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Curry wattle facts for kids

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Curry wattle
Acacia spondylophylla.jpg
Scientific classification
Acacia spondylophyllaDistMap843.png
Occurrence data from AVH

Acacia spondylophylla, commonly known as curry wattle or spine-leaf wattle, is a small, flat topped shrub native to central and western Australia. The leaves, which are arranged on spaced whorls around the stem, have a distinctive curry-like smell.


The viscid shrub typically grows to a height of 0.3 to 1 m (1 ft 0 in to 3 ft 3 in) but can reach up to 2 m (6 ft 7 in) and has a spreading a flat topped habit. The stems are covered with fine downy hairs and have 1 to 1.5 mm (0.039 to 0.059 in) long stipules. Like most species of Acacia it has phyllodes rather than true leaves. The phyllodes are arranged in whorls of 8 to 14 and are more or less flattened and straight or recurved towards apex. The phyllodes are 6 to 10 mm (0.24 to 0.39 in) in length and less than 1 mm (0.039 in) wide and also covered in fine downy hairs with a single obscure impressed nerve on upper the upper surface. It usually blooms between May and August producing yellow flowers. The spherical flower-heads contain 25 to 40 yellow coloured flowers. After flowering sticky and leathery seed pods form. The linear to curved pods are 20 to 40 mm (0.79 to 1.57 in) in length and 6 to 8 mm (0.24 to 0.31 in) wide and have nerve-like margins and contain transversely arranged seeds with a length of 3.5 to 4 mm (0.14 to 0.16 in).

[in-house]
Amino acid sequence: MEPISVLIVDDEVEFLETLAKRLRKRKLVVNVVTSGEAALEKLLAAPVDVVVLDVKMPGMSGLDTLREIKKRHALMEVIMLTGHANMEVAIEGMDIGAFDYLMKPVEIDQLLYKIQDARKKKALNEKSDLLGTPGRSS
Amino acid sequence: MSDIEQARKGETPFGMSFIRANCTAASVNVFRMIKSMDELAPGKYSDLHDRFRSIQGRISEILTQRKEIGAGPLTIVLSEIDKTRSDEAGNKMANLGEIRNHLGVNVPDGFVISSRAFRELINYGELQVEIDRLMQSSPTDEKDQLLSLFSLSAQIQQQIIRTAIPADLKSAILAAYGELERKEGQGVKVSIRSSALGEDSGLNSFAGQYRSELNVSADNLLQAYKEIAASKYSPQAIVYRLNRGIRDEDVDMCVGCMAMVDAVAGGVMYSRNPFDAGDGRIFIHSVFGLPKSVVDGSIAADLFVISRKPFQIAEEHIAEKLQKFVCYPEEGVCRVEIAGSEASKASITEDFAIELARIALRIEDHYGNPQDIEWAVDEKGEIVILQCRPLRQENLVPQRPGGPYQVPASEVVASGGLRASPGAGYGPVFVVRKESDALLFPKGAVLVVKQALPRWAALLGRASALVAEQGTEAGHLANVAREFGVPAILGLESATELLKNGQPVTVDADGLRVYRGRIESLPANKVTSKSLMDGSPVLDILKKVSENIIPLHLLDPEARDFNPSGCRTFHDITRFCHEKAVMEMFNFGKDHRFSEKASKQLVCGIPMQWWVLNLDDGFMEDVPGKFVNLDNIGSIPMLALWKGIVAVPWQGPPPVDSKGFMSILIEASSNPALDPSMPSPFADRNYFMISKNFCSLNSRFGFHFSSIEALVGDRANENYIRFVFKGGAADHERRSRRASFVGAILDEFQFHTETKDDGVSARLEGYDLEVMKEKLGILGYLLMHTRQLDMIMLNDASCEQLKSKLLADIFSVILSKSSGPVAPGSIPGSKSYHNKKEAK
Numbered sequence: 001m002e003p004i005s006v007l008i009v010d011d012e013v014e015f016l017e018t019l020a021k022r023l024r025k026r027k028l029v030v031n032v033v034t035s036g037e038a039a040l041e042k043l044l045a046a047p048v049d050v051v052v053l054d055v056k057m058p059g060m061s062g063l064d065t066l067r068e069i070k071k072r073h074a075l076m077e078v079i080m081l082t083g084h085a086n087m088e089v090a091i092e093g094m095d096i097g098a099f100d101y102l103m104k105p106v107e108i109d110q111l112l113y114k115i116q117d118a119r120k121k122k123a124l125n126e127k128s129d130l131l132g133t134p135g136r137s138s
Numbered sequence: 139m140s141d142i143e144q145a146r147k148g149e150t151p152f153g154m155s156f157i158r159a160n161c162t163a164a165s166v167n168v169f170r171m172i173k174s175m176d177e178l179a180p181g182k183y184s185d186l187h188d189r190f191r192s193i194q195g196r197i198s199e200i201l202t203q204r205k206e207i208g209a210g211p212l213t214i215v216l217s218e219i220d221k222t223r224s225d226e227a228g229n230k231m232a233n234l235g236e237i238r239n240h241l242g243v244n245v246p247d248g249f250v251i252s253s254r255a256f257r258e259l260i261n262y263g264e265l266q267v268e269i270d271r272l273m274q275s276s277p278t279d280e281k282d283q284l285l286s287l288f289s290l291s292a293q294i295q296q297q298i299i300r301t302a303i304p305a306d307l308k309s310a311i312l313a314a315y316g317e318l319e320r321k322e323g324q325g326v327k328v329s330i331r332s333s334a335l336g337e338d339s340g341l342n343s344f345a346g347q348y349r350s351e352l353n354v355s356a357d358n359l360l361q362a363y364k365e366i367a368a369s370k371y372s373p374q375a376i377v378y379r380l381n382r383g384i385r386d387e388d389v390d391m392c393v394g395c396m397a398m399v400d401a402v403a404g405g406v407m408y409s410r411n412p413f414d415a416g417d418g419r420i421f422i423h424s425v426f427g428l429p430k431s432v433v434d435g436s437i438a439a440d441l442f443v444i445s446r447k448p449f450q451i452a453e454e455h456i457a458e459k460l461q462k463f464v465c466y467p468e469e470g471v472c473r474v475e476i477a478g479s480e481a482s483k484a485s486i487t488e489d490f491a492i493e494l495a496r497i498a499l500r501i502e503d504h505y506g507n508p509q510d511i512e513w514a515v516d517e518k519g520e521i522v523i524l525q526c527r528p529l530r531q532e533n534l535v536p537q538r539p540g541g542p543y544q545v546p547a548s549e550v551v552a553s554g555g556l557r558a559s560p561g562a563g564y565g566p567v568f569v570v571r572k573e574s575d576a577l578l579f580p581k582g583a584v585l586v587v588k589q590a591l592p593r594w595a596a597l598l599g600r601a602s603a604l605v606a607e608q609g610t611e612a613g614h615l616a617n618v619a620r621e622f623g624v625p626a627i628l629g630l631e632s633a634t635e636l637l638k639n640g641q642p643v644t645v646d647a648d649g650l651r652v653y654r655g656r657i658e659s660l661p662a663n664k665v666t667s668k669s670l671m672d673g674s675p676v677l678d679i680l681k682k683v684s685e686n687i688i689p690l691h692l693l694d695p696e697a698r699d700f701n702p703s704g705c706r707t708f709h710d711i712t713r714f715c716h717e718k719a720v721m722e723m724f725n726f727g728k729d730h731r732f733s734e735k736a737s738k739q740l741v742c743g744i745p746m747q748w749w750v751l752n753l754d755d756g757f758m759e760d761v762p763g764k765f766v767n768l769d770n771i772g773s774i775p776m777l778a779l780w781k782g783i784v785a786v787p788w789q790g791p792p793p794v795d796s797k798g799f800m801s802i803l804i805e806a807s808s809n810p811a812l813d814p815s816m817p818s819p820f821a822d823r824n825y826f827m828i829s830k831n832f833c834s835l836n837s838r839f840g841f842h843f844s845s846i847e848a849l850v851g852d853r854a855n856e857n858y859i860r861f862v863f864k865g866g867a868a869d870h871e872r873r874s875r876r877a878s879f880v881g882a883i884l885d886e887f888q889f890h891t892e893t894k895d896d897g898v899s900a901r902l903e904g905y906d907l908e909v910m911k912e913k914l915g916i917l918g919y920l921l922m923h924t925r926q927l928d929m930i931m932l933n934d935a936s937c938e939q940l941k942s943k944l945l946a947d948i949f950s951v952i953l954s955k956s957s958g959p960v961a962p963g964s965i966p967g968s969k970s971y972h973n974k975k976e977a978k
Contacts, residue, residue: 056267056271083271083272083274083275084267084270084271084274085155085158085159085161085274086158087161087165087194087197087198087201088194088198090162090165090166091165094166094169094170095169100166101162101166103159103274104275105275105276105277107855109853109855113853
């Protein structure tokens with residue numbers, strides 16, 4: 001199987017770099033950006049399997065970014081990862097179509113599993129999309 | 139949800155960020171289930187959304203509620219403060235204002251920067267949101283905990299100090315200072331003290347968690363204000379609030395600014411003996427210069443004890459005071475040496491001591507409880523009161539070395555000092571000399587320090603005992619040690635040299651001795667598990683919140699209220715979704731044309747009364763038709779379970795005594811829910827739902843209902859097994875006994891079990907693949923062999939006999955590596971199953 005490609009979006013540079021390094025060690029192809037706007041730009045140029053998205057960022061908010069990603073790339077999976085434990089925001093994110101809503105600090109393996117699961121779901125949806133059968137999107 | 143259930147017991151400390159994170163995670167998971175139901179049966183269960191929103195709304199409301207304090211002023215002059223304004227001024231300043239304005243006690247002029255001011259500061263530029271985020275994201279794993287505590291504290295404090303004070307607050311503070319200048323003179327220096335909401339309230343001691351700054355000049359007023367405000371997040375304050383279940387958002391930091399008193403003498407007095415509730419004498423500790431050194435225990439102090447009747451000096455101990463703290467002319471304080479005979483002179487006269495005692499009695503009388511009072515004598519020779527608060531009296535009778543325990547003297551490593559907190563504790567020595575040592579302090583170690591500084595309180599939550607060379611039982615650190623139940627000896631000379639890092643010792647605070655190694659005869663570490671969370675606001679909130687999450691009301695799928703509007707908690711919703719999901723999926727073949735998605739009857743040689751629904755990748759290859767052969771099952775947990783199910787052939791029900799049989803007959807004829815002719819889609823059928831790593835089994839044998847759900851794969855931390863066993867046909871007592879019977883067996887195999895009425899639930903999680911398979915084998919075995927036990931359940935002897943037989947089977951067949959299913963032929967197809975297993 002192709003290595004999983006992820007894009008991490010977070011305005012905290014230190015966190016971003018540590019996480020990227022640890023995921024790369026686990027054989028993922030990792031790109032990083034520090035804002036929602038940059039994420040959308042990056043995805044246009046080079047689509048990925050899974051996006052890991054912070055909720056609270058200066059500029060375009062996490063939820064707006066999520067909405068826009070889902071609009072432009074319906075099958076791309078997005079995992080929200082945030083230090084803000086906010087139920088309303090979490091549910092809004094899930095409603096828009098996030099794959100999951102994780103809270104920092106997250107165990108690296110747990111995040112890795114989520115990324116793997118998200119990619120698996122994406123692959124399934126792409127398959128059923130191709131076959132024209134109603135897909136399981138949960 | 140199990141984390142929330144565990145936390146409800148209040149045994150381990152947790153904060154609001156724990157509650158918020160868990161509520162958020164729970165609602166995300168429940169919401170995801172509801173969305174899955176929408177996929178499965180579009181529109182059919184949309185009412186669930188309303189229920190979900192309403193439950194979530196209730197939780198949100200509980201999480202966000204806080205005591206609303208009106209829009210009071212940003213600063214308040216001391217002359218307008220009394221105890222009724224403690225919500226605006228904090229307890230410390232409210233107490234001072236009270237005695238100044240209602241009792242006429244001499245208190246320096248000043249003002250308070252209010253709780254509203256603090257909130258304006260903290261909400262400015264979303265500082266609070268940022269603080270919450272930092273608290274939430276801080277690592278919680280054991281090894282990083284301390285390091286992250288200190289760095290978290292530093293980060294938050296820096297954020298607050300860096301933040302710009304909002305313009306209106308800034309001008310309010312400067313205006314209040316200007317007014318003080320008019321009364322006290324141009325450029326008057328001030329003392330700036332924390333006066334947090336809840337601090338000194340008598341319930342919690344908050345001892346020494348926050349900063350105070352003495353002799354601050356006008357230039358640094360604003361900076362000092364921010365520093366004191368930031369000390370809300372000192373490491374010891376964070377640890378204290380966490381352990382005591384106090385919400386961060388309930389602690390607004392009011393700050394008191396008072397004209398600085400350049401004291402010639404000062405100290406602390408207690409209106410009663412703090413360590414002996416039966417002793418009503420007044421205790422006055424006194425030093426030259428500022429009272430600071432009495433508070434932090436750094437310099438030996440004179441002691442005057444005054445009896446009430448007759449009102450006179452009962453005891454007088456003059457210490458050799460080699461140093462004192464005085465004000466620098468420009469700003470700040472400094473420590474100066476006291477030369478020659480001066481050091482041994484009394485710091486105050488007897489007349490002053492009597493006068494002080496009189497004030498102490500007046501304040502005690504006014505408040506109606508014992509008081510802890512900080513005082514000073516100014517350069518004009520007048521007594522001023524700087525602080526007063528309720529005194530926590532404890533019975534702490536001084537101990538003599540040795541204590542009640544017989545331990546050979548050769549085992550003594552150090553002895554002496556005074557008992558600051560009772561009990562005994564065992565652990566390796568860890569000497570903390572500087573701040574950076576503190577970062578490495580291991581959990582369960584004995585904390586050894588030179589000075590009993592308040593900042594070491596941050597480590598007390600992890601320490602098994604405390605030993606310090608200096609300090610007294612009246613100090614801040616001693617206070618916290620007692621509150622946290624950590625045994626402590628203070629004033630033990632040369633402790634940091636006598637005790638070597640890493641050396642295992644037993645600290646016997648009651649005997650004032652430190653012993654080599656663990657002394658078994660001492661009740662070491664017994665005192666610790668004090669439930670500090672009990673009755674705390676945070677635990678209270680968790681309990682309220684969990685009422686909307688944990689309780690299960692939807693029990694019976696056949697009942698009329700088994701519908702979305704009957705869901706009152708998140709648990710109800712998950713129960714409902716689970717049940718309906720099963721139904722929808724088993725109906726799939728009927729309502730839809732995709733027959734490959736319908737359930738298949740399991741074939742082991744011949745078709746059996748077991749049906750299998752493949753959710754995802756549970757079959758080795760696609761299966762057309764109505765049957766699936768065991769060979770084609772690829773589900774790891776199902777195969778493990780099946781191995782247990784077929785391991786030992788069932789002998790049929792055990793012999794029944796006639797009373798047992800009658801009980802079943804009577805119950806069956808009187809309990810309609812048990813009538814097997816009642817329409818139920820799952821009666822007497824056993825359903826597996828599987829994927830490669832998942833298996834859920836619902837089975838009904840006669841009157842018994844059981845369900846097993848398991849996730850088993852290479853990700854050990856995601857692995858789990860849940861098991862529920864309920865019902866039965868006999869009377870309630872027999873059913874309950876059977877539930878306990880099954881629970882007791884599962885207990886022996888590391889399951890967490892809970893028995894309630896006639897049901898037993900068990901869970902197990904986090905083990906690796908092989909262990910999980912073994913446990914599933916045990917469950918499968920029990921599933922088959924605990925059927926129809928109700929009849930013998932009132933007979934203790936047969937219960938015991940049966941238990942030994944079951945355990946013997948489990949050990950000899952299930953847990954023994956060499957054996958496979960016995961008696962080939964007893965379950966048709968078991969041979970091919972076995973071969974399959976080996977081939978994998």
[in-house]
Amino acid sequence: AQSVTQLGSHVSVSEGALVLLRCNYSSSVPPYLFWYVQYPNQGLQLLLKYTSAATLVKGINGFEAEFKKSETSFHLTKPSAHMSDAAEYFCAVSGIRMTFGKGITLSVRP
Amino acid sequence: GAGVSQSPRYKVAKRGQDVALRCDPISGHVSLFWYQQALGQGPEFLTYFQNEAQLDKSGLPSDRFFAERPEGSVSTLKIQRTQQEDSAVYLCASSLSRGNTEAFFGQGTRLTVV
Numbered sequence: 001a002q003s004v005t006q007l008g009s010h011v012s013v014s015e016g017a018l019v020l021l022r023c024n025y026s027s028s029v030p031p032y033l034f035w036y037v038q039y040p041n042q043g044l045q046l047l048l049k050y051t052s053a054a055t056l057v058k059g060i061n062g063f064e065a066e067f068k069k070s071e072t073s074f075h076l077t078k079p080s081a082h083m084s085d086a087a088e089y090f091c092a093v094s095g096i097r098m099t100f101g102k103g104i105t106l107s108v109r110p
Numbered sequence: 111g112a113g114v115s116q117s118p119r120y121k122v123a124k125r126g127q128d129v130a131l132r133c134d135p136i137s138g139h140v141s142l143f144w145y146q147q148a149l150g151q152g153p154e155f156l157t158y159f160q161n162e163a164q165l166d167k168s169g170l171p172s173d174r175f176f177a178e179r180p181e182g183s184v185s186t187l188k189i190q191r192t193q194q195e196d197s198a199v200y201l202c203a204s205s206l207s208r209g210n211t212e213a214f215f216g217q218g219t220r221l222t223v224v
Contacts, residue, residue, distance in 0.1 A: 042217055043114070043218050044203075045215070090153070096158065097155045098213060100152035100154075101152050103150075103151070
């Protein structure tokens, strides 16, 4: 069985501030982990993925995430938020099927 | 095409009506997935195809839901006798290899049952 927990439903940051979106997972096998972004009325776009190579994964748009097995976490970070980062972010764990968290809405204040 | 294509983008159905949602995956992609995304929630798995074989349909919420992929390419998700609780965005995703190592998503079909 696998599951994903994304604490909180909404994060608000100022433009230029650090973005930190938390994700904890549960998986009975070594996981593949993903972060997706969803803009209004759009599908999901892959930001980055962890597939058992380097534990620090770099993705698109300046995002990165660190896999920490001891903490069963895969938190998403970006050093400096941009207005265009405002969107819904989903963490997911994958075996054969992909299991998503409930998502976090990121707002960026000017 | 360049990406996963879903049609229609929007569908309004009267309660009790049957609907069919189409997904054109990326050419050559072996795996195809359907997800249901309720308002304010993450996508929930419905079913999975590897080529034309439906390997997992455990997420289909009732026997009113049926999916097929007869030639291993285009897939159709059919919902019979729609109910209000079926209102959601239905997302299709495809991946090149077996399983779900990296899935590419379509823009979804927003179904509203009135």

It is found in arid parts of central Australia in Western Australia, the Northern Territory and Queensland. In Western Australia it is found in the Pilbara and northern Goldfields regions where it is usually found along creeks and on rocky hills and gullies growing in stony or sandy soils often around ironstone. It has a disjunct distribution form the Hamersley Range in the Pilabara where it is quite common extending east and becoming scattered from east of the Rawlinson Range in Western Australia. It is then found in the Macdonnell Ranges and Musgrave Ranges in the Northern Territory and then further east to around Dajarra in Queensland.


The species was first formally described by the botanist Ferdinand von Mueller in 1874 as part of the work Fragmenta Phytographiae Australiae. It is commonly mistaken for Acacia perryi which has larger stipules and phyllodes.


The species is naturally found growing in stony and sandy soils, and has been brought into cultivation for arid area gardening. The shrub is drought tolerant and regenerates easily from seed.

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